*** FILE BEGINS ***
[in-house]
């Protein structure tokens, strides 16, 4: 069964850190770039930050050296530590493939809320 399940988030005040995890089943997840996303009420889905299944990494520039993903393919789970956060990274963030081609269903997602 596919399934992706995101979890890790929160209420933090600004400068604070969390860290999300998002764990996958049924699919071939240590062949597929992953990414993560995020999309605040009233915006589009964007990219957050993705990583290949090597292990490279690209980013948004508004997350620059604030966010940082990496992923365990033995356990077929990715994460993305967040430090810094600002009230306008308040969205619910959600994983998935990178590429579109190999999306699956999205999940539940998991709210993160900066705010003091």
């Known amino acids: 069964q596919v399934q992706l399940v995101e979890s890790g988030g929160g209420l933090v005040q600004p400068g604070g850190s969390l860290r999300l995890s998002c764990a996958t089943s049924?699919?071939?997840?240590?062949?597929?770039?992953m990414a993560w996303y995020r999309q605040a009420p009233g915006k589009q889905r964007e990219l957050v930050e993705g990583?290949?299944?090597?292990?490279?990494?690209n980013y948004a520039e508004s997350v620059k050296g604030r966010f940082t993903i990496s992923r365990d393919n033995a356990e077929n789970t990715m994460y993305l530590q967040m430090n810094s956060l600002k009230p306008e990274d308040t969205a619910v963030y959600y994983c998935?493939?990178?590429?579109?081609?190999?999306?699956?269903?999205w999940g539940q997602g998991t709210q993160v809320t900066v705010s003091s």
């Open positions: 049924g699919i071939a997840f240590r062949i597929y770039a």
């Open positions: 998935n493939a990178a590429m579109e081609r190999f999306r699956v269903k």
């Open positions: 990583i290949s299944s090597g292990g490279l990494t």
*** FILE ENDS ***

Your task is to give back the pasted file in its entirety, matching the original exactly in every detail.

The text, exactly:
[in-house]
């Protein structure tokens, strides 16, 4: 069964850190770039930050050296530590493939809320 399940988030005040995890089943997840996303009420889905299944990494520039993903393919789970956060990274963030081609269903997602 596919399934992706995101979890890790929160209420933090600004400068604070969390860290999300998002764990996958049924699919071939240590062949597929992953990414993560995020999309605040009233915006589009964007990219957050993705990583290949090597292990490279690209980013948004508004997350620059604030966010940082990496992923365990033995356990077929990715994460993305967040430090810094600002009230306008308040969205619910959600994983998935990178590429579109190999999306699956999205999940539940998991709210993160900066705010003091």
């Known amino acids: 069964q596919v399934q992706l399940v995101e979890s890790g988030g929160g209420l933090v005040q600004p400068g604070g850190s969390l860290r999300l995890s998002c764990a996958t089943s049924?699919?071939?997840?240590?062949?597929?770039?992953m990414a993560w996303y995020r999309q605040a009420p009233g915006k589009q889905r964007e990219l957050v930050e993705g990583?290949?299944?090597?292990?490279?990494?690209n980013y948004a520039e508004s997350v620059k050296g604030r966010f940082t993903i990496s992923r365990d393919n033995a356990e077929n789970t990715m994460y993305l530590q967040m430090n810094s956060l600002k009230p306008e990274d308040t969205a619910v963030y959600y994983c998935?493939?990178?590429?579109?081609?190999?999306?699956?269903?999205w999940g539940q997602g998991t709210q993160v809320t900066v705010s003091s």
């Open positions: 049924g699919i071939a997840f240590r062949i597929y770039a």
């Open positions: 998935n493939a990178a590429m579109e081609r190999f999306r699956v269903k």
């Open positions: 990583i290949s299944s090597g292990g490279l990494t």